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Slave Route Challenge honours 8000 South Africans

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On Sunday, thousands of runners participated in the much anticipated Metropolitan Slave Route Challenge. The Slave Route Challenge is an event that honours South Africa’s heritage. Each registered participant runs in honour of one of the 8000 men, women, and children who are symbolic to South Africa’s history. The 8000 names are listed on the Column of Memory at the Iziko Slave Lodge.

Event PR manager Fatima Allie says over 9000 participants participated in the race yesterday and entries had exceeded the anticipated capacity. The race had to accommodate an extra 1000 participants making it bigger and better than previous years. Allie says the organizing team was saddened to turn people away as the race could hold no more entrants. The event has grown in stature as Capetonians see the race as a tribute to the trials of dispossessed individuals who contributed significantly to the development of Cape Town and South Africa.

The race took runners past several historically significant landmarks, such as the Castle of Good Hope, Grand Parade, the Whipping Post, Old Slave Church, the Iziko Slave Lodge and the Slave Tree Plaque. This event is presented by the Itheko Sport Athletic Club under the auspices of Western Province Athletics. The Slave Route Challenge is sponsored by Metropolitan, as part of its Mojo Series which celebrates the community.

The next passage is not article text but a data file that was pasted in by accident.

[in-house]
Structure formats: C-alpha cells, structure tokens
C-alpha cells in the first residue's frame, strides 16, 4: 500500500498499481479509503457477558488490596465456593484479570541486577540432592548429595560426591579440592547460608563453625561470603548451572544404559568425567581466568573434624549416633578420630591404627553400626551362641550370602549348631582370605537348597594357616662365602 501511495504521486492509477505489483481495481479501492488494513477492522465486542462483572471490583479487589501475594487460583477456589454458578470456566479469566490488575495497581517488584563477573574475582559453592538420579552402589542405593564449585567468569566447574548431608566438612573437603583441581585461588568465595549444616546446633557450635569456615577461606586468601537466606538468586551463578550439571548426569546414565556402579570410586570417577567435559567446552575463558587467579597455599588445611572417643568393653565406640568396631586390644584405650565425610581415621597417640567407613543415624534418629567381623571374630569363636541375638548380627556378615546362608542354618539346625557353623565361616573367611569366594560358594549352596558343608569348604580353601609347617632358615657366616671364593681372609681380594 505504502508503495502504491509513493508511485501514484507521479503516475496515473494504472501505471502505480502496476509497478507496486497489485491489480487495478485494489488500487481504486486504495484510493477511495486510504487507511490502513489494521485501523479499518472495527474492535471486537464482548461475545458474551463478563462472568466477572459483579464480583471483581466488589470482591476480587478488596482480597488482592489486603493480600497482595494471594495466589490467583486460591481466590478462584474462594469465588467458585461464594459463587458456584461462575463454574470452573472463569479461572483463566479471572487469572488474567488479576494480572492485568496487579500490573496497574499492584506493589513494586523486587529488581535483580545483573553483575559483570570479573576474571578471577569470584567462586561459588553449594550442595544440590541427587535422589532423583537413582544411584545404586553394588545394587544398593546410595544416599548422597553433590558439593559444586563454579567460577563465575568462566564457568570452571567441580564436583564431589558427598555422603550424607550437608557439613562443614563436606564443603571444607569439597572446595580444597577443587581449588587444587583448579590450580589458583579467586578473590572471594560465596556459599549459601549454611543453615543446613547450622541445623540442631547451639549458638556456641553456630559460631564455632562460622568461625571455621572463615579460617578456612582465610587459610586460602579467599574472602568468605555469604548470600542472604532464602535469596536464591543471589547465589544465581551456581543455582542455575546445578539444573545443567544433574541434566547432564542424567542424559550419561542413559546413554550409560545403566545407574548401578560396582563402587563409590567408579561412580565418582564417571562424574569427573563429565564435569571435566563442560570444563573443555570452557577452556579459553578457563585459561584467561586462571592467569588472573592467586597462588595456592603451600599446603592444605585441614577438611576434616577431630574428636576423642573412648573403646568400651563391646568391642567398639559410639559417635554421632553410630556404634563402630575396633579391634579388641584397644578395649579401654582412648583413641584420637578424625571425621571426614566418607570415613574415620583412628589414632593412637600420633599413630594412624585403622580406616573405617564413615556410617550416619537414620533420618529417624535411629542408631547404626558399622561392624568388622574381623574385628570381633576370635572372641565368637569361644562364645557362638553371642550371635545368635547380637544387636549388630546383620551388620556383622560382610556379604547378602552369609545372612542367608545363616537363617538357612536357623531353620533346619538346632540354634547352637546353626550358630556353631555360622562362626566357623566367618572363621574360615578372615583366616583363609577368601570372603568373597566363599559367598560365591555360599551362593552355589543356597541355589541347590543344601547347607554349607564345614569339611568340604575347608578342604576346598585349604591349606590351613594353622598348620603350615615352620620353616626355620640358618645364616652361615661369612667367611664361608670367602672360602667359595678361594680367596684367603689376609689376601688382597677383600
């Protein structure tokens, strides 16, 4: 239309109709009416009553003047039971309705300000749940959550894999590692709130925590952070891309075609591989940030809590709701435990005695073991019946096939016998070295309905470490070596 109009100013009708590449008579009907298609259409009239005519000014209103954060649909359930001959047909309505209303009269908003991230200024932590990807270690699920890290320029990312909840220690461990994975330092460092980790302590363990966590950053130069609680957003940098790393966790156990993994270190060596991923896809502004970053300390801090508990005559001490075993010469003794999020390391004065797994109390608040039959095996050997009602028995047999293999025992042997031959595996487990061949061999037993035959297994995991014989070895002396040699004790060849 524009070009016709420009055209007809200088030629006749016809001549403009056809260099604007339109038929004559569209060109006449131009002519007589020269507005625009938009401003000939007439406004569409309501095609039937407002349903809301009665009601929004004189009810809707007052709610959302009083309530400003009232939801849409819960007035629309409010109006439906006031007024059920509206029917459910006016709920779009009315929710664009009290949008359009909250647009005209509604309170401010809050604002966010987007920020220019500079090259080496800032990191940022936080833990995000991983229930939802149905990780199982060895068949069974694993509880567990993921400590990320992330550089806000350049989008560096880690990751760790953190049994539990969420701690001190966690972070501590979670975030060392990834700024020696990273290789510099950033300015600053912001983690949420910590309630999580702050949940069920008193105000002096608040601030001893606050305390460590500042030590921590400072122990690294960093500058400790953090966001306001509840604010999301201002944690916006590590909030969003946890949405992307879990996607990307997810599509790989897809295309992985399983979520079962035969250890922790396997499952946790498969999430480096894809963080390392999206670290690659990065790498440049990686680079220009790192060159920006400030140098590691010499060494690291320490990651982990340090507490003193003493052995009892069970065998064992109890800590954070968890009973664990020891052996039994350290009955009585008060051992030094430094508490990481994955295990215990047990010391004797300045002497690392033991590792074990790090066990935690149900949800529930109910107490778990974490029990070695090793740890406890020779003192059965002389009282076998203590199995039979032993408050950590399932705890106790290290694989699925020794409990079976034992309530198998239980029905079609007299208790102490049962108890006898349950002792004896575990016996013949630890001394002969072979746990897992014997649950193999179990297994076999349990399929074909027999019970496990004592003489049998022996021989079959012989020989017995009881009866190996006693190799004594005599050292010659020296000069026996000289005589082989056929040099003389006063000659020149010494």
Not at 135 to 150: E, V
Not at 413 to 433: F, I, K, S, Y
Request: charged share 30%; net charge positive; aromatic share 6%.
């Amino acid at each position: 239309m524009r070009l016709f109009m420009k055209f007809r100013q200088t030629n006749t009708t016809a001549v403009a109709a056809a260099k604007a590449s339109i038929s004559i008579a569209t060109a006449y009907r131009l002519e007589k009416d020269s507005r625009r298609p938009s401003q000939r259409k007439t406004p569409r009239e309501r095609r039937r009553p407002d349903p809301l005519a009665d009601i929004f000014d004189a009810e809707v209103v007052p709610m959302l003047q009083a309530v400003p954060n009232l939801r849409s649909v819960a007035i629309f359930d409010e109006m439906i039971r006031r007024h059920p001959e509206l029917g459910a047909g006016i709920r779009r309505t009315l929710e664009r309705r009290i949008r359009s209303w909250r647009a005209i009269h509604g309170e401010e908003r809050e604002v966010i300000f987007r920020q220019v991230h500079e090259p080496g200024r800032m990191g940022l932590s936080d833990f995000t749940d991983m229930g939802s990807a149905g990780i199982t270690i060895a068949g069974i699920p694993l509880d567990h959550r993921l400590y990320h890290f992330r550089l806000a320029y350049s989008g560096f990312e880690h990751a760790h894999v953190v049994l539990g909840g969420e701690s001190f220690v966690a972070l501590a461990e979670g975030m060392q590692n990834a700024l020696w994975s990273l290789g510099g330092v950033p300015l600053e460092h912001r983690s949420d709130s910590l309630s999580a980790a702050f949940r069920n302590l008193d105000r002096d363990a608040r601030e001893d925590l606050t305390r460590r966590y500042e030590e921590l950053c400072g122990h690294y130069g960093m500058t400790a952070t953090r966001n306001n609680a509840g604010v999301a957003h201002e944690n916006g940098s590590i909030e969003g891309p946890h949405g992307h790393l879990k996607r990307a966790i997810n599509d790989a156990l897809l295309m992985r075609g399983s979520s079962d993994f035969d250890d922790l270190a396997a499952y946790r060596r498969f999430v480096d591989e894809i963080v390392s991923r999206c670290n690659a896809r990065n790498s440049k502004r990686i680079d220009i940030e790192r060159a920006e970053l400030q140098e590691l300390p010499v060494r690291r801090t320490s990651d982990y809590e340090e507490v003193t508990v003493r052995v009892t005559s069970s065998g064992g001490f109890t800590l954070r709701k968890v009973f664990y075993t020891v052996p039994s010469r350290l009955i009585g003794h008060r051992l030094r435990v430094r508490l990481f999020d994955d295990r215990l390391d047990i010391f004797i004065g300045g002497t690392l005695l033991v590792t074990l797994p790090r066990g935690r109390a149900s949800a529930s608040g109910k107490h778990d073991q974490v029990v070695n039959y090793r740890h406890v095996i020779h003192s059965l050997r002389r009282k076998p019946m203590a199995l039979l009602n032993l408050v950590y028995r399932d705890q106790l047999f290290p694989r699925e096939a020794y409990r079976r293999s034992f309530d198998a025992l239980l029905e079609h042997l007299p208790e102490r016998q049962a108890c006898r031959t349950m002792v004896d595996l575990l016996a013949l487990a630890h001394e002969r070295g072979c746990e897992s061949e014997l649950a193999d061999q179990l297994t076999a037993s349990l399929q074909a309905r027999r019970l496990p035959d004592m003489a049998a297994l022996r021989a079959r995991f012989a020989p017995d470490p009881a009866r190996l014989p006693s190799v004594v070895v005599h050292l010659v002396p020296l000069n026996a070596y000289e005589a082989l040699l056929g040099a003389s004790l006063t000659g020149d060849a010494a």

Runners began the race early Sunday morning. Image source: Metropolitan
Runners began the race early Sunday morning.
Image source: Metropolitan

Participants could choose between various distances; 21.1km, 10k, 5km Fun Run, and a 10km Big Walk.

Siboniso Soldaka won the Mens 10km. Photo: Sharief Jaffer
Siboniso Soldaka won the men’s 10km.
Photo: Sharief Jaffer
Michelle Dreyer won the womens 21km. Photo: Sharief Jaffer ImageSA
Michelle Dreyer won the womens 21km.
Photo: Sharief Jaffer

Runners ventured past numerous historic monuments that are symbolic of South Africa’s slave history, including; the Grand Parade, the Whipping Post, Old Slave Church, the Slave Lodge, and the Slave Tree Plaque.

Runners ventured through historic streets in Cape Town. Photo credit: Nonhlanhla Tseko
Runners ventured through historic streets in Cape Town.
Photo credit: Nonhlanhla Tseko

In addition, participants ran through the iconic Cape Town Castle, District Six, and Bo’Kaap.

Participants were handed fresh koeksisters as they made their way up Koeksister Hill. Images source: Itheko Club
Participants were handed fresh koeksisters as they made their way up Koeksister Hill.
Images source: Itheko Running Club
Image source: Metropolitan Participants were handed fresh koeksisters as they made their way up Koeksister Hill.
Image source: Metropolitan

Medals were handed to each registered participant. In race tradition, a prize giving was hosted following the cut-off time.

Runners gleefully flaunt their medals. Photo credit: Shahied Mustapha
Runners gleefully flaunt their medals.
Photo credit: Shahied Mustapha
Photo credit: Nonhlanhla Tseko
Photo credit: Nonhlanhla Tseko

 


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1 comment

  1. When will the original owners of South Africa be recognised. This is not a call to ethnic chauvinism. On the contrary, the original genocide remains an untold story in post-Apartheid South Africa. Descendants of the Khoi and San peoples were too black under Apartheid and not black enough in post Apartheid South Africa.

    Running for the slaves is symbolic. Recognising the descendants of slaves is another. From the Cape all along the road to Bredasdorp and beyond are stoies written in blood. Can the Khoisan speak?

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